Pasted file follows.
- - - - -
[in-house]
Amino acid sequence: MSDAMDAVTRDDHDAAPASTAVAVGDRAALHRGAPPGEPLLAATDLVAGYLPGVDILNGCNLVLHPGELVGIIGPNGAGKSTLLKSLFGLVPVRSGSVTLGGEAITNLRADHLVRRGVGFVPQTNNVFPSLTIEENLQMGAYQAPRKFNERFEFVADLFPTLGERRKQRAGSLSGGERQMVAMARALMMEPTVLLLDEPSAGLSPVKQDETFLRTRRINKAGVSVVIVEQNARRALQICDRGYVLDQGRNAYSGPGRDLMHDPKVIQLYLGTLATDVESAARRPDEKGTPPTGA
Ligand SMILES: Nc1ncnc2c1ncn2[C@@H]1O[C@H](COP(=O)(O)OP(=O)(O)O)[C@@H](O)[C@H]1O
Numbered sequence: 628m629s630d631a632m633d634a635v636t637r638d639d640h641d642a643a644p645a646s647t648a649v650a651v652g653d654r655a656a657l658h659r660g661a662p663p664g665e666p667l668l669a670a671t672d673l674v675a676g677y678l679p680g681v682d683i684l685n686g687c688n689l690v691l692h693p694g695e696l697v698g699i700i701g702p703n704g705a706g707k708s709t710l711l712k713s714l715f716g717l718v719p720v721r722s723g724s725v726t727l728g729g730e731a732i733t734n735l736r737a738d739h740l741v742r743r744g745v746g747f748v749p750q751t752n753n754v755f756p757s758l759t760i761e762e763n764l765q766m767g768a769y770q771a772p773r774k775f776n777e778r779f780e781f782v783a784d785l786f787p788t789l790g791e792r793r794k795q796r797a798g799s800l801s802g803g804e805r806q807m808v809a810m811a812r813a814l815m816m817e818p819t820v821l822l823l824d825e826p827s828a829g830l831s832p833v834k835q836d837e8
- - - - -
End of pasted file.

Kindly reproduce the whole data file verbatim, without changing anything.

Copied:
[in-house]
Amino acid sequence: MSDAMDAVTRDDHDAAPASTAVAVGDRAALHRGAPPGEPLLAATDLVAGYLPGVDILNGCNLVLHPGELVGIIGPNGAGKSTLLKSLFGLVPVRSGSVTLGGEAITNLRADHLVRRGVGFVPQTNNVFPSLTIEENLQMGAYQAPRKFNERFEFVADLFPTLGERRKQRAGSLSGGERQMVAMARALMMEPTVLLLDEPSAGLSPVKQDETFLRTRRINKAGVSVVIVEQNARRALQICDRGYVLDQGRNAYSGPGRDLMHDPKVIQLYLGTLATDVESAARRPDEKGTPPTGA
Ligand SMILES: Nc1ncnc2c1ncn2[C@@H]1O[C@H](COP(=O)(O)OP(=O)(O)O)[C@@H](O)[C@H]1O
Numbered sequence: 628m629s630d631a632m633d634a635v636t637r638d639d640h641d642a643a644p645a646s647t648a649v650a651v652g653d654r655a656a657l658h659r660g661a662p663p664g665e666p667l668l669a670a671t672d673l674v675a676g677y678l679p680g681v682d683i684l685n686g687c688n689l690v691l692h693p694g695e696l697v698g699i700i701g702p703n704g705a706g707k708s709t710l711l712k713s714l715f716g717l718v719p720v721r722s723g724s725v726t727l728g729g730e731a732i733t734n735l736r737a738d739h740l741v742r743r744g745v746g747f748v749p750q751t752n753n754v755f756p757s758l759t760i761e762e763n764l765q766m767g768a769y770q771a772p773r774k775f776n777e778r779f780e781f782v783a784d785l786f787p788t789l790g791e792r793r794k795q796r797a798g799s800l801s802g803g804e805r806q807m808v809a810m811a812r813a814l815m816m817e818p819t820v821l822l823l824d825e826p827s828a829g830l831s832p833v834k835q836d837e8